What’s the job?
‘Business architect’ is becoming a more regular job title, according to Forrester Research. It’s the role that's ushering in organisations' transition from IT to business technology. Typically business architects report to the programme director and work alongside the firm's most senior business process executives and stakeholders. They may report to the IT department, or to the business.
Why the need?
No matter what the industry, business process management (BPM) projects need an effective IT architecture. Working hand-in-hand with the change manager, the business architect takes the lead in developing that architecture. The business architect fleshes out the business model and describes the need for business technology across the organisation and the role that process plays.
What’s the business piece?
Business architects have deep pockets of business knowledge but also see the big picture. Necessary talents encompass process discipline skills in methodologies such as Lean and Six Sigma. They’re a hybrid beast and so need a rare combination of business domain knowledge, process experience, transformation talents and methodology skills. On top of that, you need a winning personality to bring disparate parties together.
What’s the tech skill-set?
The best business architects have got their hands dirty designing and building technology platforms and can intellectually strip a system down to the hardware and software nuts and bolts. Additionally, they know all about large-scale, cross-functional processes and systems: supply chain management, enterprise resource planning (ERP), finance, or customer resource management (CRM) are meat and drink to them.
Where’s the demand?
The crux of the job is working with complex systems on a vast scale, so any company in search of a business architect will have cash to splash. No surprise, then, that many business architects end up in financial services where the business environment of compliance and regulation is complex and fast-changing. But other sectors working on a similarly large and complex scale will be destinations for this breed of hybrid tech professional. Utilities and transportation outfits, energy trading exchanges, telecoms and retailers are advertising business architects jobs on CWJobs right now.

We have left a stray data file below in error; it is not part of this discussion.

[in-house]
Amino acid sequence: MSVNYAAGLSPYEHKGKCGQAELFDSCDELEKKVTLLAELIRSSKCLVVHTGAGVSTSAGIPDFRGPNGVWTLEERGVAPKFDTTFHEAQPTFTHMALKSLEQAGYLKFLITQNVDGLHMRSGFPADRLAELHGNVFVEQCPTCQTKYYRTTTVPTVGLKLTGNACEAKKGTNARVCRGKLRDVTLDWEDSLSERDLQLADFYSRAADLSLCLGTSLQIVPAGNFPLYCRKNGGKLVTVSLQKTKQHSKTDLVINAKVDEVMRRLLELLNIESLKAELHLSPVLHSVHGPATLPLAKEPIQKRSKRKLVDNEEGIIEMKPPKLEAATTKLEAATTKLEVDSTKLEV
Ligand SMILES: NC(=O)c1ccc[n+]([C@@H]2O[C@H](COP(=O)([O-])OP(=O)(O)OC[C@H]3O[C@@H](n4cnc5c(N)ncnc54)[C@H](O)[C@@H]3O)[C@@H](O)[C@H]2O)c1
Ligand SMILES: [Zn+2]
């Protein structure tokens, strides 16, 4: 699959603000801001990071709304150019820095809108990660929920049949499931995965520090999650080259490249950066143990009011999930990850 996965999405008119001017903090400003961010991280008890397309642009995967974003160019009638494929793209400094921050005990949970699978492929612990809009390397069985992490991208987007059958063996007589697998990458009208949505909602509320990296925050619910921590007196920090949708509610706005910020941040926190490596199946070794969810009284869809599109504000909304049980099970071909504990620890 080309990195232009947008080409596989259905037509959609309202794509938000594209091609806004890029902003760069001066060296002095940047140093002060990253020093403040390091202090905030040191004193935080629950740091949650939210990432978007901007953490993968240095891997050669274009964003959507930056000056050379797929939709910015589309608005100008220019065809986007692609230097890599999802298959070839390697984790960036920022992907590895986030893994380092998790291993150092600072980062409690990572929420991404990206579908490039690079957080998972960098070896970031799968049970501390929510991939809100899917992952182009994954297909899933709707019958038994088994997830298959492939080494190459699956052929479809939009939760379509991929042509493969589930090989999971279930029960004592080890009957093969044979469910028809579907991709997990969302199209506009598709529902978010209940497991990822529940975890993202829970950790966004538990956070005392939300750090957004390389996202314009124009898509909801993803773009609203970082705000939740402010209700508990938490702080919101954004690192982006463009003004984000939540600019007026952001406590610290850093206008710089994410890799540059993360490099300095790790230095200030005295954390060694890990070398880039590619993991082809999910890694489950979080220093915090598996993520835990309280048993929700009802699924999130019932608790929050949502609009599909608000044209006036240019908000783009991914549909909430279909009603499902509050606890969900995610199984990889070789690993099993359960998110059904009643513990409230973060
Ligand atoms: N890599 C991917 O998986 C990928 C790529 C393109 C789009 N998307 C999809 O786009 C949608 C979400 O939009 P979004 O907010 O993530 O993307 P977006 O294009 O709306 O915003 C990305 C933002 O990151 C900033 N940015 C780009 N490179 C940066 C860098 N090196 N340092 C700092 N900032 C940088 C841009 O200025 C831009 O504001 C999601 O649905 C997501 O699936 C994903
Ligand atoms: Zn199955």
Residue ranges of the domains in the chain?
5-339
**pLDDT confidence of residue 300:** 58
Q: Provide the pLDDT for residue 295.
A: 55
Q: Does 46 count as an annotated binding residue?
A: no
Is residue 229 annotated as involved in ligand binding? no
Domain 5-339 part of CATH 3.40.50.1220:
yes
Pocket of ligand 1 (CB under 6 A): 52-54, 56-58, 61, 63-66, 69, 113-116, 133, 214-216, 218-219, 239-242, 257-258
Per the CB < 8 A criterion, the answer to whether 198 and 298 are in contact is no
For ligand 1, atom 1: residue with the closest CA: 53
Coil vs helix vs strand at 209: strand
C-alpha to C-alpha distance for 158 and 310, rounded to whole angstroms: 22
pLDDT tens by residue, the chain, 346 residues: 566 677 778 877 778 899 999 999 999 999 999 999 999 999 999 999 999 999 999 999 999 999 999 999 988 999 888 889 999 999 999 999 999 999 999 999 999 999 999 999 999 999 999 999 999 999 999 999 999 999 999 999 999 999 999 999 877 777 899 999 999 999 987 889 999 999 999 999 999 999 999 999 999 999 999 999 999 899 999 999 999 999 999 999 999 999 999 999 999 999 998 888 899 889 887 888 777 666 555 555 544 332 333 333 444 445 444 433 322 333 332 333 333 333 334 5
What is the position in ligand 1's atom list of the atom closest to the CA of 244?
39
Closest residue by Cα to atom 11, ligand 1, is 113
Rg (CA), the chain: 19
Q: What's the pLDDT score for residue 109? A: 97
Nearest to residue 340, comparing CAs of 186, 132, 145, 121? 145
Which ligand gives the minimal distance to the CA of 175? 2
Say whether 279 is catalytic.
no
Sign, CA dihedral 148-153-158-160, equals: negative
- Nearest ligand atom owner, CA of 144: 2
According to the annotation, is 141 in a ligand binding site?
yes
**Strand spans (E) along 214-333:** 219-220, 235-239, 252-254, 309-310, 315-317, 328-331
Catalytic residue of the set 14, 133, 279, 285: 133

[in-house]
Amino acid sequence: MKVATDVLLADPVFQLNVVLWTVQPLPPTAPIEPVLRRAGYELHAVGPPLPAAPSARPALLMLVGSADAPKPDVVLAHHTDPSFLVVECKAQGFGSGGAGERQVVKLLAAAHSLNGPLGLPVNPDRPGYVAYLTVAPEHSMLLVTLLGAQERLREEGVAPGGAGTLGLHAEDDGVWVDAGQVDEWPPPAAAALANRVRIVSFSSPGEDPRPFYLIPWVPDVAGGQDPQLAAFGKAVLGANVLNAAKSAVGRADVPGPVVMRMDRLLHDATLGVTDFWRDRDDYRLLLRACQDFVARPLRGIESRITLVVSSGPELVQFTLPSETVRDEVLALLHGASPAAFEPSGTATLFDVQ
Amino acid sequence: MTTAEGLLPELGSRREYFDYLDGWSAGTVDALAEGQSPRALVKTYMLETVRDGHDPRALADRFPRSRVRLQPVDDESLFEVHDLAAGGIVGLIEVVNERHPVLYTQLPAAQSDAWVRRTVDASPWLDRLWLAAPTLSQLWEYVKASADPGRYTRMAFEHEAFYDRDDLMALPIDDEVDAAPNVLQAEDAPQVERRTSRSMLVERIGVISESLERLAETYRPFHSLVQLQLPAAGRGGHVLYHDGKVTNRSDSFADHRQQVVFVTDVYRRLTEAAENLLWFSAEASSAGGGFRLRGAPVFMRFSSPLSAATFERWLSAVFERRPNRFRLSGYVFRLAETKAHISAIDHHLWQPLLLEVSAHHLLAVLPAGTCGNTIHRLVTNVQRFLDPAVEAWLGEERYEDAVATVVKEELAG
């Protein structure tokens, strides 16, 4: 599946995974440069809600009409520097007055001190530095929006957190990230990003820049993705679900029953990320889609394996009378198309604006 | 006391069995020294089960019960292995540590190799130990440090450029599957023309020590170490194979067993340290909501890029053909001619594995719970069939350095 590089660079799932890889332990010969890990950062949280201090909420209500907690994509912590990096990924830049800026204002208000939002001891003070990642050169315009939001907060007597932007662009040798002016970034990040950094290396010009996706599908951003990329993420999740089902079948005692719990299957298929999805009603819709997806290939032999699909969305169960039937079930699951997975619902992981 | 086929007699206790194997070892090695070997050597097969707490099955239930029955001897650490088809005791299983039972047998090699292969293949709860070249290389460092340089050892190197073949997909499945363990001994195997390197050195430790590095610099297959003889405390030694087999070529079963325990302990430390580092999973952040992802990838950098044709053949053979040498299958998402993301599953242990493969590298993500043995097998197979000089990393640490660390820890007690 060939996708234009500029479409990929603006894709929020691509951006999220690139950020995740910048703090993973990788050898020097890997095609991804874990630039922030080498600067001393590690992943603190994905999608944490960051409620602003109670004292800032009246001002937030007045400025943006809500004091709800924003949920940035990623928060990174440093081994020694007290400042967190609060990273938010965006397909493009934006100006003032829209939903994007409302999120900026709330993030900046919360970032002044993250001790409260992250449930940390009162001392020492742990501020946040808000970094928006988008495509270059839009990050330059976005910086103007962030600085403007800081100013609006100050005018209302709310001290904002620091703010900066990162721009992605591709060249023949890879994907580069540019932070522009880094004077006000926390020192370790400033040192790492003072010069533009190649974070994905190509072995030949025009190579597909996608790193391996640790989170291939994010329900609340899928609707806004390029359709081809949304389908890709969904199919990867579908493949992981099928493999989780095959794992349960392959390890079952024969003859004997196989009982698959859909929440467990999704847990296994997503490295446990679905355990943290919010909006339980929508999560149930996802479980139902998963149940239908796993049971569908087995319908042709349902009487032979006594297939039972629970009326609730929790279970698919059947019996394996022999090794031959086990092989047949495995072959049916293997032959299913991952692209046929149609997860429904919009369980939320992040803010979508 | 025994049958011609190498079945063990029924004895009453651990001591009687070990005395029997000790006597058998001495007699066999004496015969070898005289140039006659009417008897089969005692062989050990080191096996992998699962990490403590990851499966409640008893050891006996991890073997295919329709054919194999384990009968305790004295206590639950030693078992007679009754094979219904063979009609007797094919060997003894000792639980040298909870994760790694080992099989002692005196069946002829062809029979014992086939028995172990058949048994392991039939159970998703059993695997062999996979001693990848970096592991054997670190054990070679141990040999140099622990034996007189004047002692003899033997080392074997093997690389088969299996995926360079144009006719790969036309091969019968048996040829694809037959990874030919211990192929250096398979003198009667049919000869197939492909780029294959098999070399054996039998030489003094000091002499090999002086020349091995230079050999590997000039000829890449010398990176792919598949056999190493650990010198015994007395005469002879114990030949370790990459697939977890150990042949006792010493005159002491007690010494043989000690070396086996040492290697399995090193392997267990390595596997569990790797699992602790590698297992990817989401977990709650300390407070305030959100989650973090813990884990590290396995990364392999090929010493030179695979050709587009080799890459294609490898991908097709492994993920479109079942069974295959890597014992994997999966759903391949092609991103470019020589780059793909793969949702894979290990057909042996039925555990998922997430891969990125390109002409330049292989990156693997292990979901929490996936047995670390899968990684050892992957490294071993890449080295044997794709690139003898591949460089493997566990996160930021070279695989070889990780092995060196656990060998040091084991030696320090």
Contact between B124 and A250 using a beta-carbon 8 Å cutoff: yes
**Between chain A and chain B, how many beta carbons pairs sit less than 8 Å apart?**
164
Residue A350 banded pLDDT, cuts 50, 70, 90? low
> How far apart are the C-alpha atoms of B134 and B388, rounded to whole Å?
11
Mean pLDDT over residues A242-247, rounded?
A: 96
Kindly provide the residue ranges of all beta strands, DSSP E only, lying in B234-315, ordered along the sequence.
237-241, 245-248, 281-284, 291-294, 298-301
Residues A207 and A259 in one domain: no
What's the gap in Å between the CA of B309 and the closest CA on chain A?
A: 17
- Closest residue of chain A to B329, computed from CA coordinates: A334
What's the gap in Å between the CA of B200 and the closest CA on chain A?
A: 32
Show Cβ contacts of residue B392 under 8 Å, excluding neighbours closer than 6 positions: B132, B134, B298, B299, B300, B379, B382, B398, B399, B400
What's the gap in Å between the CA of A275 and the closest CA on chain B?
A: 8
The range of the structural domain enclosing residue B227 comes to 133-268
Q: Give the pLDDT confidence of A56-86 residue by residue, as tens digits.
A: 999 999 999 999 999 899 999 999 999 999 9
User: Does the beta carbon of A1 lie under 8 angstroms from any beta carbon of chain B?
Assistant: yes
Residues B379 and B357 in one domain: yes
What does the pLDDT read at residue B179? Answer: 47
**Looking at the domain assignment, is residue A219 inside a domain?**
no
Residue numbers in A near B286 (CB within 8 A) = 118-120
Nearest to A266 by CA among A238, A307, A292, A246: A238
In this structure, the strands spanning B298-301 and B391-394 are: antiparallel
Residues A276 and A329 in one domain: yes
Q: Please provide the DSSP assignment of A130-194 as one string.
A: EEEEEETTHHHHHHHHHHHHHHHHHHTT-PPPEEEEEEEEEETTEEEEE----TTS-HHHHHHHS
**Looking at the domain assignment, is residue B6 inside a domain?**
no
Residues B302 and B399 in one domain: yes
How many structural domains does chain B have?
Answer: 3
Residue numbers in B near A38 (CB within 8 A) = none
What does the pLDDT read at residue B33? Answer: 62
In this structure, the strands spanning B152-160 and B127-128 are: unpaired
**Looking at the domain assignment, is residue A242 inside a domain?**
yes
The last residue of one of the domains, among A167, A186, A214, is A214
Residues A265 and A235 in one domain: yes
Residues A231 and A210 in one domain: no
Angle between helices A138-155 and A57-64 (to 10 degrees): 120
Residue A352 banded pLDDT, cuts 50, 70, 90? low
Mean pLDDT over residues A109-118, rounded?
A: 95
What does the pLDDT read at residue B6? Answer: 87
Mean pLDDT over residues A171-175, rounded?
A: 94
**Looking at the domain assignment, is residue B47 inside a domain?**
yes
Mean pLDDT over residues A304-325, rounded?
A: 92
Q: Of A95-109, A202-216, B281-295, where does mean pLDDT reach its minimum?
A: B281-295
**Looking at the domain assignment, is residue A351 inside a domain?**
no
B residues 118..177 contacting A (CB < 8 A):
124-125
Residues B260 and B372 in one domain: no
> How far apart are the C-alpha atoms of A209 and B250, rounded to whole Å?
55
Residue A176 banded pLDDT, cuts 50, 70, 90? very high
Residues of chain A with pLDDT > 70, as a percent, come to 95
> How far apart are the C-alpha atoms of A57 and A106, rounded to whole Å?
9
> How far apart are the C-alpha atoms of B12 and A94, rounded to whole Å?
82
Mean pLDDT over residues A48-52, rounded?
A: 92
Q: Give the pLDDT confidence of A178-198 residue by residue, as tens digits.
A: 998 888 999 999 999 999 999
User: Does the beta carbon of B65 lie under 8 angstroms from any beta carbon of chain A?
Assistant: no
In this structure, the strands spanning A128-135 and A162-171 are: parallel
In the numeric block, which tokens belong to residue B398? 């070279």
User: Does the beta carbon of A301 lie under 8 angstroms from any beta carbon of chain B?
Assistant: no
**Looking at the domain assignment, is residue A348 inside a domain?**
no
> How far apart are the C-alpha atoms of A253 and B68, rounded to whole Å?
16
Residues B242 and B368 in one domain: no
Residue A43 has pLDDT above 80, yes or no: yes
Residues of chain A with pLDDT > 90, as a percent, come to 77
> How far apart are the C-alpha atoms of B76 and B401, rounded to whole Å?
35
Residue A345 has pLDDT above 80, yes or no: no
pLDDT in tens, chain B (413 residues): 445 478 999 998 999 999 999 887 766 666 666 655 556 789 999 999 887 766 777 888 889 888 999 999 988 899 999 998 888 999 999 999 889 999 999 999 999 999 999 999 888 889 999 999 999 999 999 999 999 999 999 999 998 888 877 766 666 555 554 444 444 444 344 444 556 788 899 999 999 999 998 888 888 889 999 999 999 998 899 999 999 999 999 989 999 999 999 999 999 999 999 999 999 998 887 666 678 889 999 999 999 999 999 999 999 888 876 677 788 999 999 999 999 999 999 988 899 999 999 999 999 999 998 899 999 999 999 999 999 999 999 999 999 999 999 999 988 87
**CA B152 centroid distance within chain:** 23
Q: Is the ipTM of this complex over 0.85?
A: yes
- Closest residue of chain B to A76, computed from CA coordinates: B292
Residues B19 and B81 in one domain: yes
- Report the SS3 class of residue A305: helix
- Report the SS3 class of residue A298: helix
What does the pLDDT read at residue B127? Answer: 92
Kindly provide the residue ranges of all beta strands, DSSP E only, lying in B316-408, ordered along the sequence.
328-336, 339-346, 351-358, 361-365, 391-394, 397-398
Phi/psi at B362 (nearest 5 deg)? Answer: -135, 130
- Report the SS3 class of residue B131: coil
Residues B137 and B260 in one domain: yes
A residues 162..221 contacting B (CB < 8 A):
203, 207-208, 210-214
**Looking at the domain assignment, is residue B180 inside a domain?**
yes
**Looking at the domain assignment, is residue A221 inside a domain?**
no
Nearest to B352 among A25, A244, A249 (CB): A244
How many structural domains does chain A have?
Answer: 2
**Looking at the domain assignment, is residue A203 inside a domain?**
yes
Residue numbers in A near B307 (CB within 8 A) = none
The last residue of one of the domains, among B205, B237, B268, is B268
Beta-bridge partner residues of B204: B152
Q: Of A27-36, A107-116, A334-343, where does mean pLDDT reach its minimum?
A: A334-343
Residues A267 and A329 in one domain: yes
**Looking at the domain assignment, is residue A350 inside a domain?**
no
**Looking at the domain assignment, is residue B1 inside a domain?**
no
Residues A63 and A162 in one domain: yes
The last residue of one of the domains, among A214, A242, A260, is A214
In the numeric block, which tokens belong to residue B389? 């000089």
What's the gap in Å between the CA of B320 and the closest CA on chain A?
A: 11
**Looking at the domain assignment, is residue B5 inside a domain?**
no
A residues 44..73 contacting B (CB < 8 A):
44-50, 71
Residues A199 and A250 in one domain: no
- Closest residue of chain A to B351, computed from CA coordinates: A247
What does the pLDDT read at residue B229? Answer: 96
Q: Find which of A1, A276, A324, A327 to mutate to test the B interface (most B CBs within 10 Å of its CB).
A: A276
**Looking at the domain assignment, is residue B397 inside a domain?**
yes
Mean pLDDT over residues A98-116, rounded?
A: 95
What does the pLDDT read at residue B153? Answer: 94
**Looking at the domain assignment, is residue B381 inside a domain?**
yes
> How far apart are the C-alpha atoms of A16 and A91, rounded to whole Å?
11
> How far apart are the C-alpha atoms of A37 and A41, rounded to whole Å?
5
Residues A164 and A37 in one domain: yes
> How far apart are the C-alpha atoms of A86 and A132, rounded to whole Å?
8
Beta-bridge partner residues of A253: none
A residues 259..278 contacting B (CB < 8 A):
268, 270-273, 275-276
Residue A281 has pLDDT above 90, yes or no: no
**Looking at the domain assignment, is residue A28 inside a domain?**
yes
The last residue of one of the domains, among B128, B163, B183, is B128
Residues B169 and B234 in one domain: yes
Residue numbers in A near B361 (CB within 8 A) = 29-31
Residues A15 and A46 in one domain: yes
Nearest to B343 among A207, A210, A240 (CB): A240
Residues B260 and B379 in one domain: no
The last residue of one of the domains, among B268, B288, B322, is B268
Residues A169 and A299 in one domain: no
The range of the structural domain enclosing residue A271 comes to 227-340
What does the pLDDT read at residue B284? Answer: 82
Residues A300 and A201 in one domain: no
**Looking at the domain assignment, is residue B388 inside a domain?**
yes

Who can make the jump?
Business analysts and project managers are sitting pretty to make the jump to business architect. However developers and programmers are taking an interest in the hybrid role because, unlike coding, it’s not a role that can be put off-shore. Business analysts are revered by their peers and subordinates, not only because of their grasp of tech complexity but their breadth of business knowledge. Because knowing your sector lies at the heart of success, once BAs find their niche, they often stay.
With thanks to:
John Rymer and Alexander Peters of Forrester Research; Neil Hedges, senior manager, Robert Half Technology
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